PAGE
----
Back in 2011, just a few months after the iPad launched, I was asked to moderate a panel on the future impact of the iPad. What new behaviors will it generate? What impact will it have on existing industries? As a way to do some research, I created a Scoop.it page (that I kept updating since then) and started to dig deeper on studies that had been published, experiments that had been made, etc… What struck me from this – and the panel discussion thereafter – was how much everyone discounted the creation capabilities of the iPad. At the January 2010 keynote, Steve Jobs himself defined the iPad as a device that would be better than a smartphone or a computer for browsing the web, doing email, watching photos or videos, listening to music, playing games and reading eBooks. In short, a device specialized in consuming content. Not creating any.
For a company whose core fan base included designers, movie editors, photographers and more creative types, this seemed odd. All the more if you consider that smartphones (that pre-dated tablets) sparked a whole new creative trend through photo or video capture and sharing (and apps like Instagram, Social AM or Vine).
There’s no denying that consumption is always a bigger market than creation and Apple’s focus made total sense. But now that the iPad’s market is more mature, the question remains interesting: can the iPad be a creation device? Will the next iPad revolution be one where creation is enabled “on the go” with faster, better hardware and software?
There are interesting signs that this trend is happening:
1. Keyboards and styluses. Steve Jobs laughed at the need to get styluses on smartphones when he launched the iPhone and ridiculed netbooks during the iPad keynote for being cheap laptops. Yet, there isn’t a month that goes by when some hardware maker introduces another cool new Bluetooth keyboard or fancy smart styluses for the iPad. Would they if there wasn’t any demand from users who want to create stuff on their tablets?
2. Evernote, Paper, dJay and other creative apps. The response of the “crazy ones” — developers and entrepreneurs who built apps that enabled content creation.
In short: Inspiration wants to be free.
So which types of creation is this trend likely to affect?
One obvious answer is note-taking and drawing where the tablet replaces the notepad. Same form factor, same convenience and that’s why we start to see beautiful doodling or drawing apps on top of Evernote and other notepad apps that ensure you don’t lose track of these creative ideas.
But if we consider the iPad as a lighter form of computer then another answer is to look at the lighter forms of creation. This is where this trend is going to be amplified by another trend which is the rise of the remix culture. It started with music before computing, but it’s now pervasive on the web: videos are being sampled and edited to go viral, pictures get new meanings with simple, easy to add captions to become memes on Tumblr or Facebook and even ideas and serious professional content is getting the same treatment by being organized and shared with unique perspectives on Scoop.it. The remix culture is about making new stuff by giving different context to existing stuff. Interestingly, it starts by consumption: you can’t remix content you haven’t consumed first.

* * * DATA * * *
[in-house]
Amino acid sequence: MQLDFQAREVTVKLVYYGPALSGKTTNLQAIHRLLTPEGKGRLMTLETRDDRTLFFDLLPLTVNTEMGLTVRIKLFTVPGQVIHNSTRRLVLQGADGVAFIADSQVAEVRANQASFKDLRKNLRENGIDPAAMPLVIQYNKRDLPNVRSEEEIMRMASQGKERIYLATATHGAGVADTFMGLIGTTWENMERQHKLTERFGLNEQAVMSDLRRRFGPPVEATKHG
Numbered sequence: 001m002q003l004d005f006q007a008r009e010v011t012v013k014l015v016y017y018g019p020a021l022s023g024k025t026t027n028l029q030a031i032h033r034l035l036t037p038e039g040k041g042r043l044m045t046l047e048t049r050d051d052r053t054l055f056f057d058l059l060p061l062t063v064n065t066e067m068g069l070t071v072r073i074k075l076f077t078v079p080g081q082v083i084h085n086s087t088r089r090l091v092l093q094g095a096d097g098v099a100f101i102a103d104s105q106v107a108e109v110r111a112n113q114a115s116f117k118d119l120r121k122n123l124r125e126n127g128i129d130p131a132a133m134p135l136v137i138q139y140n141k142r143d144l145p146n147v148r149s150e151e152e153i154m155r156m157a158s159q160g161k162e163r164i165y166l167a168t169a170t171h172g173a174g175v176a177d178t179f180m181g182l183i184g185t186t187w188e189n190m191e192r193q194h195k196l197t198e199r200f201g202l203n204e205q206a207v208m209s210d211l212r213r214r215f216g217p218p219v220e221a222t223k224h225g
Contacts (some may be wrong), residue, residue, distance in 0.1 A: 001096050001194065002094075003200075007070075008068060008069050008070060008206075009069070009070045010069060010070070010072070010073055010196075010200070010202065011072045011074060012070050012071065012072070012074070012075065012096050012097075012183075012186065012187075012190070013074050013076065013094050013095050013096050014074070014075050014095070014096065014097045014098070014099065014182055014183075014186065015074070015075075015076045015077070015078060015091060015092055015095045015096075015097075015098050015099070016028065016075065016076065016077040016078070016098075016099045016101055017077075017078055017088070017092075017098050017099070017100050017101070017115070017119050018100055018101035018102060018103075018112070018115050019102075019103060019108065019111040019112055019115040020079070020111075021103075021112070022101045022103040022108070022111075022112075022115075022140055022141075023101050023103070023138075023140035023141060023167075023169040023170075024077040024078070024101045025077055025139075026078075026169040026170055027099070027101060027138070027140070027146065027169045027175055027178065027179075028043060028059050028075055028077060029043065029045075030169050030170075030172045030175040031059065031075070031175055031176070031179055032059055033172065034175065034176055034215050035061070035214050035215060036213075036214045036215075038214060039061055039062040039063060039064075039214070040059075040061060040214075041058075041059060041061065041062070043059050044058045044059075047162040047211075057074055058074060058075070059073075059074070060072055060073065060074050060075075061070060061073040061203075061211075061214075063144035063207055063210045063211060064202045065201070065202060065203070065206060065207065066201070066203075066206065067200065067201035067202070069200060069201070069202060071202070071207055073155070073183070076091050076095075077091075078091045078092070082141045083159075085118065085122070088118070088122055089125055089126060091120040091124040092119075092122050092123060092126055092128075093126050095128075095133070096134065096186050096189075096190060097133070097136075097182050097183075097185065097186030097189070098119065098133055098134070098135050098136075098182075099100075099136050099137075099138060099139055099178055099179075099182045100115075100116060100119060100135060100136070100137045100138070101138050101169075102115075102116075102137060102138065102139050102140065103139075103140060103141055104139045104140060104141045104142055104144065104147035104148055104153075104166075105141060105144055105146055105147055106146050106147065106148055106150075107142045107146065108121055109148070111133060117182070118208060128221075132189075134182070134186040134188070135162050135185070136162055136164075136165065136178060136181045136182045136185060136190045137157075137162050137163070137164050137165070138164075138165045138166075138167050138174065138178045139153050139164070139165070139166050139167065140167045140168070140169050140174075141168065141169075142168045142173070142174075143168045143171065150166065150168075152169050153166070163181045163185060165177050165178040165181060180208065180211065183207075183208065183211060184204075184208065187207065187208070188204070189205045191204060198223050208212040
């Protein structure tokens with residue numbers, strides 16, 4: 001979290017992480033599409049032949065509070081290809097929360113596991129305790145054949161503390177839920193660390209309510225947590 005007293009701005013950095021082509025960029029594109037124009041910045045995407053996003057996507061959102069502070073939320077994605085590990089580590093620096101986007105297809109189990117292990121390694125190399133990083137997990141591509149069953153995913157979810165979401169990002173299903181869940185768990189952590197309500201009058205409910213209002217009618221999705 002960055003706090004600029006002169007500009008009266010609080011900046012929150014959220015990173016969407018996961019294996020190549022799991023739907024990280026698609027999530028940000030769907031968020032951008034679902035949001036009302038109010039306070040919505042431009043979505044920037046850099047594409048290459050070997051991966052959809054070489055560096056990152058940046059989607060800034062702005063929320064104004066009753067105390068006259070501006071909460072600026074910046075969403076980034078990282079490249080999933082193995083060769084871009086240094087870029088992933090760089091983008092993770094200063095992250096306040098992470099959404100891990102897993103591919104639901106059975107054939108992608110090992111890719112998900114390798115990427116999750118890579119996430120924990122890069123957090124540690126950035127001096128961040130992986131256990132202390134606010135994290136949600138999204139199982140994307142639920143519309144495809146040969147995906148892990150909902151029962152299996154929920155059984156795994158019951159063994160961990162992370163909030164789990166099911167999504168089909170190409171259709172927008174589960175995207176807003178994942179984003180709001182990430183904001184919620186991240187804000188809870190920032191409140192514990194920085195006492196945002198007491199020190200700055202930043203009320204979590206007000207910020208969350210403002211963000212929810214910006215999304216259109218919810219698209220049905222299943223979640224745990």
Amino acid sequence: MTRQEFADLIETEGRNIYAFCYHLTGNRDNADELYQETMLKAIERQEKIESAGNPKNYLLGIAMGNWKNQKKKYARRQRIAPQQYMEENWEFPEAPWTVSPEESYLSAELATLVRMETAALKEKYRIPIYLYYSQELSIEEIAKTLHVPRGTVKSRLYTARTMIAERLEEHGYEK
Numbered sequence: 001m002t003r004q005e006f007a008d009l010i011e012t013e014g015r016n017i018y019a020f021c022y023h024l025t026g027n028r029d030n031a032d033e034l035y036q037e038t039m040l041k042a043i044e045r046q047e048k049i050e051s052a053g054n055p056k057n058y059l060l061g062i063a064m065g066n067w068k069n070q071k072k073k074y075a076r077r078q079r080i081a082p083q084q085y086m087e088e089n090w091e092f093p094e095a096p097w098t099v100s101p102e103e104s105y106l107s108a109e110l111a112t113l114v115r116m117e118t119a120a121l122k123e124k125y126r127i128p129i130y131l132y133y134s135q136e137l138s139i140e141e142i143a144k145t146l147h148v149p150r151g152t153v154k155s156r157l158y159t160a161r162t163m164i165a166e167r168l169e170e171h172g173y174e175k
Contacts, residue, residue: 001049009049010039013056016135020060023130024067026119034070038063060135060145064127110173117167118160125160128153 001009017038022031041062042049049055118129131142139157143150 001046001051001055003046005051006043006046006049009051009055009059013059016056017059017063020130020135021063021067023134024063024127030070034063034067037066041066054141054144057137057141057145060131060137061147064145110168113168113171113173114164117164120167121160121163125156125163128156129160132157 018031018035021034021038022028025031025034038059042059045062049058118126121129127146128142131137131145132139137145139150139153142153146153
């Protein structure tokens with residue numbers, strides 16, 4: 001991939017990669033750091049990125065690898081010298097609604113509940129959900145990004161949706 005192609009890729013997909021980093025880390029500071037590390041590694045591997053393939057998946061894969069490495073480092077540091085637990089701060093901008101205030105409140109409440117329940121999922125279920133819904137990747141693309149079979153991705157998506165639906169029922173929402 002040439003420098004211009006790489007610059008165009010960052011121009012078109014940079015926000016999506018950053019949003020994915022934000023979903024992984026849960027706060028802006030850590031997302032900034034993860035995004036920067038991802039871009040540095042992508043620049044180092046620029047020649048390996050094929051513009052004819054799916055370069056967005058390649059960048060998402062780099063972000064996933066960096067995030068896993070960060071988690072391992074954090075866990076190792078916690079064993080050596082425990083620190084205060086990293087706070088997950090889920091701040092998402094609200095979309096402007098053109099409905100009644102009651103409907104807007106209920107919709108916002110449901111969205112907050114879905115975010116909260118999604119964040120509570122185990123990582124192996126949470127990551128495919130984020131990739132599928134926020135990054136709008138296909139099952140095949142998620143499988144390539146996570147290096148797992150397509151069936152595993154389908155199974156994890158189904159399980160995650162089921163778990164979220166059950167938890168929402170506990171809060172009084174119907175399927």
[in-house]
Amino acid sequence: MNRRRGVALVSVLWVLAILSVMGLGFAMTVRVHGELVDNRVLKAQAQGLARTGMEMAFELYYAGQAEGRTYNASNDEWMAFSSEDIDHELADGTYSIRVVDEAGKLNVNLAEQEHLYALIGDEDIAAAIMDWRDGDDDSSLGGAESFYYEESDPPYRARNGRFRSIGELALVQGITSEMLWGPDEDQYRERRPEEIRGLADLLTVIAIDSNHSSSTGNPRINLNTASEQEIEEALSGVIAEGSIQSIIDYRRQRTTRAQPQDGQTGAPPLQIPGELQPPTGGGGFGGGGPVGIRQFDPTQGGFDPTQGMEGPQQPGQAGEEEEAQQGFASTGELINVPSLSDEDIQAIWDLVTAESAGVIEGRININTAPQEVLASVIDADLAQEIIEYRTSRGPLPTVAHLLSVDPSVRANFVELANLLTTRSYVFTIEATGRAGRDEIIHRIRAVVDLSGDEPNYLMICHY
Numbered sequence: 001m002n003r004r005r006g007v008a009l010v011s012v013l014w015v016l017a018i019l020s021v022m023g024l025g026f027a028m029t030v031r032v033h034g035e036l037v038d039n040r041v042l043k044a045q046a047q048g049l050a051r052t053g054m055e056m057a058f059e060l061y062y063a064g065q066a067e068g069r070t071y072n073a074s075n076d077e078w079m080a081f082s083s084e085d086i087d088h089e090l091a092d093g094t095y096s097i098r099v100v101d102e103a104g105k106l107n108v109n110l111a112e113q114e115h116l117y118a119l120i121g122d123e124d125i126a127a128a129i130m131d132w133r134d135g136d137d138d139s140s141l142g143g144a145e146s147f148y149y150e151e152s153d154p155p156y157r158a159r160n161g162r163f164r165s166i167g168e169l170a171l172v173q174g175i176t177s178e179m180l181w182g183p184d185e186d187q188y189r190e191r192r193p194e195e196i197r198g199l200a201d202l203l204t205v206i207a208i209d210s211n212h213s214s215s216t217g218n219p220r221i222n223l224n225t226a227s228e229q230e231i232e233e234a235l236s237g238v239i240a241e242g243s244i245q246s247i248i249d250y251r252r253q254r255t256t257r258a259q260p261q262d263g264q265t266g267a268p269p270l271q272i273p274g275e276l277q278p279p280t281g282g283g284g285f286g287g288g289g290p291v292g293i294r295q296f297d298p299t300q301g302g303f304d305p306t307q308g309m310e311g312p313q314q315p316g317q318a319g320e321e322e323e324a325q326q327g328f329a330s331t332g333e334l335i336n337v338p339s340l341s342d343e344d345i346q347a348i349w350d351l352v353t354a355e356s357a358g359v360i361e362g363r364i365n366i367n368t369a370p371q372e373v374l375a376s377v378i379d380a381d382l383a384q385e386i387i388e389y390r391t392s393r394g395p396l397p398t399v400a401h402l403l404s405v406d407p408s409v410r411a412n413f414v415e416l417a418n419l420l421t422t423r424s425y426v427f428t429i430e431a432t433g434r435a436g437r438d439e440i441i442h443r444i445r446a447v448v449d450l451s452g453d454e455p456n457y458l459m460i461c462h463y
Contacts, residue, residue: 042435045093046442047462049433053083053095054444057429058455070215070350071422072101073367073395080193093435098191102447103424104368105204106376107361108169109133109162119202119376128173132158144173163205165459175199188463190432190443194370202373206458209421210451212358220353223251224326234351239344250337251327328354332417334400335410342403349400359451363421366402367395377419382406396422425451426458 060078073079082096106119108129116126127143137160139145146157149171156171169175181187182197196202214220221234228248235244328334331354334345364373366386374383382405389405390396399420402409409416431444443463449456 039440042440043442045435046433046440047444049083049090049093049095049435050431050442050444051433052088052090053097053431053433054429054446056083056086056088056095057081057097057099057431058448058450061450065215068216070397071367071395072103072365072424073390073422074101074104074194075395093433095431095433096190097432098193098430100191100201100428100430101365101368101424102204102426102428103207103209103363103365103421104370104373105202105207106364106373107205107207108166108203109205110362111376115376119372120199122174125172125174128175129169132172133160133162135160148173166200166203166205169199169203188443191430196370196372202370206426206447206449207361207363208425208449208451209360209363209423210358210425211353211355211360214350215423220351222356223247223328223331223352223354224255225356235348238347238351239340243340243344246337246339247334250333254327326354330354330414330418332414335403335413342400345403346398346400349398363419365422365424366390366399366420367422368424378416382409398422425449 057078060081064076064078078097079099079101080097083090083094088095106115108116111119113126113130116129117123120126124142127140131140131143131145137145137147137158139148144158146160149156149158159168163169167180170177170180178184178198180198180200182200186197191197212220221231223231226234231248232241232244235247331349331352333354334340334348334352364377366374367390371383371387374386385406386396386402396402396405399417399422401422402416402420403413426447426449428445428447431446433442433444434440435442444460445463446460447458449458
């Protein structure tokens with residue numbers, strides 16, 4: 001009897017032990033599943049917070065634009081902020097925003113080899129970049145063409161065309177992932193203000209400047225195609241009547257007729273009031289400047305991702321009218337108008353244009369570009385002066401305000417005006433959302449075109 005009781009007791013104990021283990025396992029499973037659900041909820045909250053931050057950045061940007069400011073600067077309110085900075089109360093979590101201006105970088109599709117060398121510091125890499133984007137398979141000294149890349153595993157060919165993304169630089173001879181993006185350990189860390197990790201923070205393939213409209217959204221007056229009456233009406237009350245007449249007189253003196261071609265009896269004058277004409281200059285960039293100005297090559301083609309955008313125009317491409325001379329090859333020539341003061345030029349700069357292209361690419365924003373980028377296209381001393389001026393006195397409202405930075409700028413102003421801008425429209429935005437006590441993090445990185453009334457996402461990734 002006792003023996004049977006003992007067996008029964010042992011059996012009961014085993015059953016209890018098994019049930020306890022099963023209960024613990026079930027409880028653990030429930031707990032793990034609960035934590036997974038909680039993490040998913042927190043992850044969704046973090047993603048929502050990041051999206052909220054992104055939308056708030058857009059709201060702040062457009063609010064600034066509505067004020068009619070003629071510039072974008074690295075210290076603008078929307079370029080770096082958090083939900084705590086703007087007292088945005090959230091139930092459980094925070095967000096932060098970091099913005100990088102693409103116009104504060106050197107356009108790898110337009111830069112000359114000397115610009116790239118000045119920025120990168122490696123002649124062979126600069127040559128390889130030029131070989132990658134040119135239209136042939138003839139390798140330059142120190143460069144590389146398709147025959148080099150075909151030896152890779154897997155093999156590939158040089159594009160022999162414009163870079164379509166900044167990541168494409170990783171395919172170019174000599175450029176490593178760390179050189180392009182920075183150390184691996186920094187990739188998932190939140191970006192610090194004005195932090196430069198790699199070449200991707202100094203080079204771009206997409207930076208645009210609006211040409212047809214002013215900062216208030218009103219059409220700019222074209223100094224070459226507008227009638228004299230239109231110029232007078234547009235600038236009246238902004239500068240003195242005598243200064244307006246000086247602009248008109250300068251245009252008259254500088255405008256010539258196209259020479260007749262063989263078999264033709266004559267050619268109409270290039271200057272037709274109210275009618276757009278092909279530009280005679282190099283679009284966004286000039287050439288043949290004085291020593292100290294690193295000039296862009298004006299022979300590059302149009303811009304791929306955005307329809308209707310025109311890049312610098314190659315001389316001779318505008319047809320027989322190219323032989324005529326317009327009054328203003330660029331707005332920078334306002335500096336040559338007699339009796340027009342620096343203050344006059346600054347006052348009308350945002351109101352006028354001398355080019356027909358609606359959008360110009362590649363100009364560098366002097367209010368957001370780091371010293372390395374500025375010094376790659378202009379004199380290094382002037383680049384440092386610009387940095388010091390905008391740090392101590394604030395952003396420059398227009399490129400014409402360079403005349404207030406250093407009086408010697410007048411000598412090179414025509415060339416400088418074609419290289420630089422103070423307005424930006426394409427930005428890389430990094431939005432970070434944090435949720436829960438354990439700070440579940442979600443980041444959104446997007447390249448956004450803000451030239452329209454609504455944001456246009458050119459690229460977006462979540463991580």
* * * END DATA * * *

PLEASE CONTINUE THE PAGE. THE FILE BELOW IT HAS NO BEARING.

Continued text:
Another angle is to look at the iPad as a device to learn. It’s already had a huge impact on education with digital textbooks and connectivity to the Internet’s knowledge. But as educators know well, consuming knowledge passively is not as good as being active in the process: learning by doing works best and — like I did myself starting my iPad topic — knowledge sharing is also a great way to learn.
So because content curation is creative consumption, because digital learning now involves both receiving and sharing knowledge, we’re happy and proud today to introduce Scoop.it on the iPad.
We’ve been listening to our users. Many of them have made requests through our feedback forum, twitter, blog comments or email conversations for many features, but the most commonly-requested item was the iPad app. These conversations molded our app into what it is today, at its release.
The Scoop.it iPad App lets you discover fresh new content on your interests by leveraging the Scoop.it community or our content suggestion engine, but more importantly, you can do something creative with this discovered content: curate it. By curating it, enriching it with your own insight, and publishing it to your own topic page, you create a media that doesn’t just live on the iPad App, but is accessible and discoverable by anyone on the web — and just like on the web version of Scoop.it, you’ll find this is the perfect content hub to feed your social channels, enrich your blog or website and even create newsletters.
Upon launch, Scoop.it iPad displays pre-configured interests that you can browse in an aggregated format or by zooming in on any interest:
You can of course edit and enrich by using our search engine and saving any searches you’ve made as a new interest to personalize your experience:
Now the great part is that any content you see can be scooped to one of your topics in just a few clicks with the same easy, wysiwyg experience that made Scoop.it’s success so far:
You can easily create new topics on the go, adding a few keywords and getting great suggestions from our suggestion engine:
And because creation is meant to be shared, every scoop can be easily shared by either opening it or with a long touch that displays sharing options:
The App is available today in the AppStore here.
So iPad users and “crazy ones,” are you ready for some creative consumption?
Created on an iPad Mini.